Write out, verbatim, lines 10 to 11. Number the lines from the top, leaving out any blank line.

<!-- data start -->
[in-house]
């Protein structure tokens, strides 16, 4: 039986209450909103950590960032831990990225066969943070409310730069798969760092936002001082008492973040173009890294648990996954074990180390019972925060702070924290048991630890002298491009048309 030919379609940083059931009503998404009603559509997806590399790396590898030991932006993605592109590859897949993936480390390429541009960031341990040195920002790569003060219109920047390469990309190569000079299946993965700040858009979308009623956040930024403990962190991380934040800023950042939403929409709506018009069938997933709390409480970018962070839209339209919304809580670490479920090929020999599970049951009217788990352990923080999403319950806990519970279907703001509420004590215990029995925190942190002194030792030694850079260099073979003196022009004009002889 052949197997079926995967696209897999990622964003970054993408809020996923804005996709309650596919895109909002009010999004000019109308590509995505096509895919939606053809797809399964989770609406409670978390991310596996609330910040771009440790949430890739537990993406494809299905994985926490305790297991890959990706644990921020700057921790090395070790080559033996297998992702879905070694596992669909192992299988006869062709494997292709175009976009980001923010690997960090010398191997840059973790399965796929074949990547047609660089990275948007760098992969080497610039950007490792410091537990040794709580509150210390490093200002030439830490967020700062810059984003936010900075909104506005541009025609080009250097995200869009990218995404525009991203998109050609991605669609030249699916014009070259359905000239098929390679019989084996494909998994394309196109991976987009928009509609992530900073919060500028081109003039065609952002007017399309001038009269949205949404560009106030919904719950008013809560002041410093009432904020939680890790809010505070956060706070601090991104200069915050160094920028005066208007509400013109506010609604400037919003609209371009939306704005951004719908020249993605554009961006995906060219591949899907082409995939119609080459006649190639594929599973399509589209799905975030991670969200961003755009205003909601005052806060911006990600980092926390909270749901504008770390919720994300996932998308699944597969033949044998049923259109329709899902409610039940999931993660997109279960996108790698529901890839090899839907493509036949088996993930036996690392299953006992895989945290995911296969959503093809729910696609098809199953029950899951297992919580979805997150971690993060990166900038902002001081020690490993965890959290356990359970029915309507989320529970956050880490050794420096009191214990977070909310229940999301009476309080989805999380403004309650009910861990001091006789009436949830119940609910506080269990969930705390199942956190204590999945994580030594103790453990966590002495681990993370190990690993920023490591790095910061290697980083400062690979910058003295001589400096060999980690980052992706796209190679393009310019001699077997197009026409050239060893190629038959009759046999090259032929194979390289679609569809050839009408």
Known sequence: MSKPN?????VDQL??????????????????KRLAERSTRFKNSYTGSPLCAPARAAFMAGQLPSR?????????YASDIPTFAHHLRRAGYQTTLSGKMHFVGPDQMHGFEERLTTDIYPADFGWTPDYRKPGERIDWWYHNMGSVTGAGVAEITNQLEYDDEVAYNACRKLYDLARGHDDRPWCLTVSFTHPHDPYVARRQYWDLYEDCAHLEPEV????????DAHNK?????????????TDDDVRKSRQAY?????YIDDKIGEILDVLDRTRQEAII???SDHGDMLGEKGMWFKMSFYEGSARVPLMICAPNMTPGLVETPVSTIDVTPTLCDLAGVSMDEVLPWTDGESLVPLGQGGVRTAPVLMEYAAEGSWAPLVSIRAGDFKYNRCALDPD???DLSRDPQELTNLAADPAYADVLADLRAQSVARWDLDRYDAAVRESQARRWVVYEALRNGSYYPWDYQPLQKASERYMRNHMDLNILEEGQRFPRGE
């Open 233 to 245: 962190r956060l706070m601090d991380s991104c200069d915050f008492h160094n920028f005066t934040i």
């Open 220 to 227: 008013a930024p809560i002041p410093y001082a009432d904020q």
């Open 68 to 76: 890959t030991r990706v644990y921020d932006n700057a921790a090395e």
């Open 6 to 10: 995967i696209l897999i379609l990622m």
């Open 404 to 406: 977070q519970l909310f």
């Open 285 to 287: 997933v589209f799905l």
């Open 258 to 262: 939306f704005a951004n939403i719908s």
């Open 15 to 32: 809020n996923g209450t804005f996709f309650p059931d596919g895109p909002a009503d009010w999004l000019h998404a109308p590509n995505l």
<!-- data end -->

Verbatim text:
């Open 258 to 262: 939306f704005a951004n939403i719908s």
């Open 15 to 32: 809020n996923g209450t804005f996709f309650p059931d596919g895109p909002a009503d009010w999004l000019h998404a109308p590509n995505l």